‘I was, frankly, shocked’ — Top general tells Congress he doesn’t know exact number of missing military weapons
'I was, frankly, shocked by the numbers that were in there'
Army Gen. Mark Milley, chairman of the Joint Chiefs of Staff, told lawmakers on Thursday that he does not know exactly how many military weapons have been lost or stolen over the past decade, but he was “shocked” by the numbers of missing weapons reported by the Associated Press.
In a series of exclusive stories, AP reporters revealed this week that the military cannot account for at least 1,900 rifles, pistols, grenade launchers, and other weapons that somehow walked out of arms rooms between 2010 and 2019.
Of those weapons, about 1,300 came from the Army, which has reportedly tried to obfuscate the number of weapons that it has lost track of, according to the Associated Press.
On Thursday, Milley told Sen. Dianne Feinstein (D-Calif.) that he had seen the media reports about missing weapons and he owes Congress answers about the scope of the problem.
“I was, frankly, shocked by the numbers that were in there,” Milley said. “The reports that I have from the services, as of this morning, are significantly less numbers than are reported in the media. That’s not to say it’s zero, but it’s much less. So, I need to square the balance here. I owe you a firm answer.”
AP spokesman Patrick Maks said the wire service stands by its reporting.
Milley did not specify how many weapons the military branches have officially reported missing or stolen. The general also vowed to resolve the conflicting figures from the Associated Press and military branches and provide Congress with the exact numbers of unaccounted for weapons “very, very quickly.”
“I’ve asked each of the service chiefs to go back and let’s get the numbers; let’s get the reports over to you to make sure that we can level set as to what’s correct and incorrect,” Milley said.
In trying to determine how many weapons the military has lost track of, the AP received little to no help from some of the military branches. The Air Force did not provide any data. Service officials said they could only respond after a Freedom of Information Act Request filed more than a year ago was fully processed.
Meanwhile, the Army fought for years to keep the number of its missing weapons hidden and it ultimately provided “misleading” figures that conflict with internal documents, the AP reported.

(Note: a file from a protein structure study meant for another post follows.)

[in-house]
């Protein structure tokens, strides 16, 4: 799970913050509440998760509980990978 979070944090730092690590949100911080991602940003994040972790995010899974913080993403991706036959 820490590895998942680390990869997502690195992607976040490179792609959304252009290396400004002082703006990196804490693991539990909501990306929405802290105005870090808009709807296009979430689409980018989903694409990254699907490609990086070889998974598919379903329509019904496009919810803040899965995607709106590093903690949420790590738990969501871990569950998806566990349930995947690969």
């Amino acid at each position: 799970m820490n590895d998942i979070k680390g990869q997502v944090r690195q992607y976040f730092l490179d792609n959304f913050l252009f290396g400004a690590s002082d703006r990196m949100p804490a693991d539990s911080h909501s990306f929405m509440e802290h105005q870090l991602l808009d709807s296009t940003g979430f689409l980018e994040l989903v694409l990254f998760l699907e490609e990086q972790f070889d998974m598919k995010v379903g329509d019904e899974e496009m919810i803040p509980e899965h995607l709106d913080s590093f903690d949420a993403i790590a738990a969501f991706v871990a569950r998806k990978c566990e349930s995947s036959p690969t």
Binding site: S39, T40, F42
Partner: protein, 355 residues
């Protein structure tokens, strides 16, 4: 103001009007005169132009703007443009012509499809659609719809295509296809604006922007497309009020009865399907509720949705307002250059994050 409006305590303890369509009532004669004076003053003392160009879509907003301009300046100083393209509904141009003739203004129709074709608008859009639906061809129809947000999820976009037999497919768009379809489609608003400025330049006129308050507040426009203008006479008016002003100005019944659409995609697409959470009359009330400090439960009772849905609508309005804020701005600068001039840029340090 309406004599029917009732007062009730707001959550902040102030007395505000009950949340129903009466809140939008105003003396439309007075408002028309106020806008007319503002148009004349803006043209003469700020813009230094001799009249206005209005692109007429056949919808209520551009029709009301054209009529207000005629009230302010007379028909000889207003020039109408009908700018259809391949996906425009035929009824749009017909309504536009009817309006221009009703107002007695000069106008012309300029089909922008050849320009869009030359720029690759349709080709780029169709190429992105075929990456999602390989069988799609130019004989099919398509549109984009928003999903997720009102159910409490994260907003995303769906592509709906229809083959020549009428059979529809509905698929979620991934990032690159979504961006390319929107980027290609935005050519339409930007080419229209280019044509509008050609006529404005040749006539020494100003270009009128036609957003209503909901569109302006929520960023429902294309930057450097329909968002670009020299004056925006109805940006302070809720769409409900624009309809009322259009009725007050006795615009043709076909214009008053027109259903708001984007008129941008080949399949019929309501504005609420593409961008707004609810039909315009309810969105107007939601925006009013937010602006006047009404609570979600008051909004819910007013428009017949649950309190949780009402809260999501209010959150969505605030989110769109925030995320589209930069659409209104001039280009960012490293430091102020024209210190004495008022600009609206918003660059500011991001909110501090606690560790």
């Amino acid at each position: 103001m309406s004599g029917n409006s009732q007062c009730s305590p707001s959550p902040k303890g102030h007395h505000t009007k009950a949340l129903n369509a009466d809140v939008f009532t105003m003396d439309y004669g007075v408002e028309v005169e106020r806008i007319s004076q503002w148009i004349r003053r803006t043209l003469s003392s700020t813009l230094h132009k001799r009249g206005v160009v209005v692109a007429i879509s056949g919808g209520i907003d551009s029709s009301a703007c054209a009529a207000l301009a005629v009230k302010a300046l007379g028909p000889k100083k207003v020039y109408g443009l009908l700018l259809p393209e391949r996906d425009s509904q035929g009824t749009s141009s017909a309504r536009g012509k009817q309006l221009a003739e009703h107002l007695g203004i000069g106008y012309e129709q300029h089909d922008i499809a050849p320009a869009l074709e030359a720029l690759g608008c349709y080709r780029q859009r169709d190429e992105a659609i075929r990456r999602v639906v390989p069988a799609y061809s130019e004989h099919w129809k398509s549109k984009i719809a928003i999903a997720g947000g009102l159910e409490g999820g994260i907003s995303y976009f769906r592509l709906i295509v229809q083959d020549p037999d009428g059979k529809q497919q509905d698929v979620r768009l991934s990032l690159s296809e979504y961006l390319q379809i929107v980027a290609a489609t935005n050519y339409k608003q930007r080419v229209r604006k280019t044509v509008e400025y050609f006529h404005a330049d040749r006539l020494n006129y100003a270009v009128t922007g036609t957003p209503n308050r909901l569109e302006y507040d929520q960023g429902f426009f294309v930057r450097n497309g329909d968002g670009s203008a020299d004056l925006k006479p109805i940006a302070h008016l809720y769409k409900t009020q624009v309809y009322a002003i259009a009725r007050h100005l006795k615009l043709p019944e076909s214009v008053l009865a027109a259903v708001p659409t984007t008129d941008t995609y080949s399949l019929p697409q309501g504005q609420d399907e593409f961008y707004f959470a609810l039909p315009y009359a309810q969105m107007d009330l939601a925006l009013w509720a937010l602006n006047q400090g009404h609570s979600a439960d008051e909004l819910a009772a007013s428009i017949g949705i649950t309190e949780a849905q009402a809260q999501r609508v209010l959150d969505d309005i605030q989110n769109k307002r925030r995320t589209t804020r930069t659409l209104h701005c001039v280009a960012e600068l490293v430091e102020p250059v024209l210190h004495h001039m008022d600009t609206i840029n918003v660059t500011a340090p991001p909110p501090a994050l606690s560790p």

Army spokesman Lt. Col. Brandon Kelley told the AP that the service’s inventory system does not readily track how many weapons have gone missing or stolen. Criminal investigative summaries only recorded 230 missing weapons from 2010 to 2019, but two separate memos obtained by the AP tracked 1,303 lost or stolen rifles and handguns between 2013 and 2019, most of which were stolen.
Kelley declined to comment on the disparity between the two estimates of missing weapons when contacted by Task & Purpose on Thursday.
“The Army takes weapons accountability very seriously,” said Army spokeswoman Col. Cathy Wilkinson. “While we have stringent physical security measures, we have more work to do to ensure that our property accountability and criminal reporting systems are seamlessly linked together. The Army staff met today to develop a way forward to fix this problem and we will provide more information as this effort evolves.”
For the other services: The Navy has reported about 300 lost, stolen, or recovered small arms between 2010 and 2020, said Navy spokesman Lt. Rob Reinheimer. The Marine Corps declined to comment.
Milley told Congress that the military conducts monthly inventories of arms rooms and company commanders are required by law, regulation, and policy to account for all weapons. Armory custodians are typically required to conduct visual inspections of weapons on a daily basis.
“If anything becomes missing or unaccounted for in any manner, shape, or form, there’s a full-fledged investigation by CID as well as unit chains of command,” Milley said. “And if anyone is found negligent at all, they are relieved of their command or punished in some other way.”
Milley wants the military to adopt a more simplified tracking system in order to keep accurate information about lost, stolen, or otherwise missing weapons, said his spokesman Army Col. David David Butler.
In a sign of how seriously Milley is taking this issue, the general has praised the AP for its reporting, Butler said.
“Although we can’t yet verify the numbers reported by AP, the chairman believes this is another example of the free press shining a light on important subjects we need to get right,” Butler said.
UPDATE: This story was updated on June 17 with a statement from Army Col. Cathy Wilkinson.
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Featured image: Marines who work at the armory perform weapons check on a weapons on Marine Corps Recruit Depot Parris Island S.C. June 21, 2019. The armory is in charge of over 10,000 rifles on Parris Island.(U.S. Marine Corps photo by Lance Cpl. Ryan Hageali)